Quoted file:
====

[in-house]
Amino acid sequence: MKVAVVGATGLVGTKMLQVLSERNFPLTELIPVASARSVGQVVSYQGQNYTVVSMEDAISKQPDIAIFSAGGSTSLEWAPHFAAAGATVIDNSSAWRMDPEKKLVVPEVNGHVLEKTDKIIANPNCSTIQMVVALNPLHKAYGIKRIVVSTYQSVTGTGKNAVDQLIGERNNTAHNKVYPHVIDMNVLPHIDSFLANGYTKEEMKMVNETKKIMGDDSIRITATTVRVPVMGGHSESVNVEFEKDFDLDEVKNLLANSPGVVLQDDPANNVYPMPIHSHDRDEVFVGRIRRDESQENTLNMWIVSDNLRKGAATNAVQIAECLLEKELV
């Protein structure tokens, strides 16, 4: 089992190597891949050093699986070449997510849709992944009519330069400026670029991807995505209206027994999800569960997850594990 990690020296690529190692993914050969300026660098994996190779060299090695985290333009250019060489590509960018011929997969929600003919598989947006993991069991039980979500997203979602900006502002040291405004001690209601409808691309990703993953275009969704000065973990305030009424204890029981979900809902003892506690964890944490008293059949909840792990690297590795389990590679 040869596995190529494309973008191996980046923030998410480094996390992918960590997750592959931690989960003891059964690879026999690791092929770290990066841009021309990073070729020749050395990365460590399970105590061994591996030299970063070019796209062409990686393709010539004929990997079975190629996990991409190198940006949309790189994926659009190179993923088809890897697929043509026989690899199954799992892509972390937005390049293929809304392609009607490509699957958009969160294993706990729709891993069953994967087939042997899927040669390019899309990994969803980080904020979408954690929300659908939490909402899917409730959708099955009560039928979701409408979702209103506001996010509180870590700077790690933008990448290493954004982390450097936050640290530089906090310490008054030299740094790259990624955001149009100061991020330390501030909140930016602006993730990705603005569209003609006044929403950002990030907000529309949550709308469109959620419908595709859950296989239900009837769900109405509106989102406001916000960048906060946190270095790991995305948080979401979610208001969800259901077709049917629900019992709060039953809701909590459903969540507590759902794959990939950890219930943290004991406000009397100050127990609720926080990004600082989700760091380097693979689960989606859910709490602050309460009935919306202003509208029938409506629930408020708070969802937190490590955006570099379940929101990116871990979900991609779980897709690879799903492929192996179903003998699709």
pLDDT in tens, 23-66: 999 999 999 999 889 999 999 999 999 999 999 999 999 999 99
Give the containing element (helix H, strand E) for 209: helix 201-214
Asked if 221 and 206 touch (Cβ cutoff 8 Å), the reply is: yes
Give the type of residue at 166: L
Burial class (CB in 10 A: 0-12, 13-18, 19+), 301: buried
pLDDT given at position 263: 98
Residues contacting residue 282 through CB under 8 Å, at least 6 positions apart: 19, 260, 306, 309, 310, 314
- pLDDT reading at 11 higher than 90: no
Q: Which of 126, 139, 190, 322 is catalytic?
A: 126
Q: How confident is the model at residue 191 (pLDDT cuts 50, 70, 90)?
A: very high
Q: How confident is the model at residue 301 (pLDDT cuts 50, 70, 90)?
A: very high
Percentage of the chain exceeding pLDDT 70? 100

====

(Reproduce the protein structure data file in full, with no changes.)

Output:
[in-house]
Amino acid sequence: MKVAVVGATGLVGTKMLQVLSERNFPLTELIPVASARSVGQVVSYQGQNYTVVSMEDAISKQPDIAIFSAGGSTSLEWAPHFAAAGATVIDNSSAWRMDPEKKLVVPEVNGHVLEKTDKIIANPNCSTIQMVVALNPLHKAYGIKRIVVSTYQSVTGTGKNAVDQLIGERNNTAHNKVYPHVIDMNVLPHIDSFLANGYTKEEMKMVNETKKIMGDDSIRITATTVRVPVMGGHSESVNVEFEKDFDLDEVKNLLANSPGVVLQDDPANNVYPMPIHSHDRDEVFVGRIRRDESQENTLNMWIVSDNLRKGAATNAVQIAECLLEKELV
């Protein structure tokens, strides 16, 4: 089992190597891949050093699986070449997510849709992944009519330069400026670029991807995505209206027994999800569960997850594990 990690020296690529190692993914050969300026660098994996190779060299090695985290333009250019060489590509960018011929997969929600003919598989947006993991069991039980979500997203979602900006502002040291405004001690209601409808691309990703993953275009969704000065973990305030009424204890029981979900809902003892506690964890944490008293059949909840792990690297590795389990590679 040869596995190529494309973008191996980046923030998410480094996390992918960590997750592959931690989960003891059964690879026999690791092929770290990066841009021309990073070729020749050395990365460590399970105590061994591996030299970063070019796209062409990686393709010539004929990997079975190629996990991409190198940006949309790189994926659009190179993923088809890897697929043509026989690899199954799992892509972390937005390049293929809304392609009607490509699957958009969160294993706990729709891993069953994967087939042997899927040669390019899309990994969803980080904020979408954690929300659908939490909402899917409730959708099955009560039928979701409408979702209103506001996010509180870590700077790690933008990448290493954004982390450097936050640290530089906090310490008054030299740094790259990624955001149009100061991020330390501030909140930016602006993730990705603005569209003609006044929403950002990030907000529309949550709308469109959620419908595709859950296989239900009837769900109405509106989102406001916000960048906060946190270095790991995305948080979401979610208001969800259901077709049917629900019992709060039953809701909590459903969540507590759902794959990939950890219930943290004991406000009397100050127990609720926080990004600082989700760091380097693979689960989606859910709490602050309460009935919306202003509208029938409506629930408020708070969802937190490590955006570099379940929101990116871990979900991609779980897709690879799903492929192996179903003998699709």
pLDDT in tens, 23-66: 999 999 999 999 889 999 999 999 999 999 999 999 999 999 99
Give the containing element (helix H, strand E) for 209: helix 201-214
Asked if 221 and 206 touch (Cβ cutoff 8 Å), the reply is: yes
Give the type of residue at 166: L
Burial class (CB in 10 A: 0-12, 13-18, 19+), 301: buried
pLDDT given at position 263: 98
Residues contacting residue 282 through CB under 8 Å, at least 6 positions apart: 19, 260, 306, 309, 310, 314
- pLDDT reading at 11 higher than 90: no
Q: Which of 126, 139, 190, 322 is catalytic?
A: 126
Q: How confident is the model at residue 191 (pLDDT cuts 50, 70, 90)?
A: very high
Q: How confident is the model at residue 301 (pLDDT cuts 50, 70, 90)?
A: very high
Percentage of the chain exceeding pLDDT 70? 100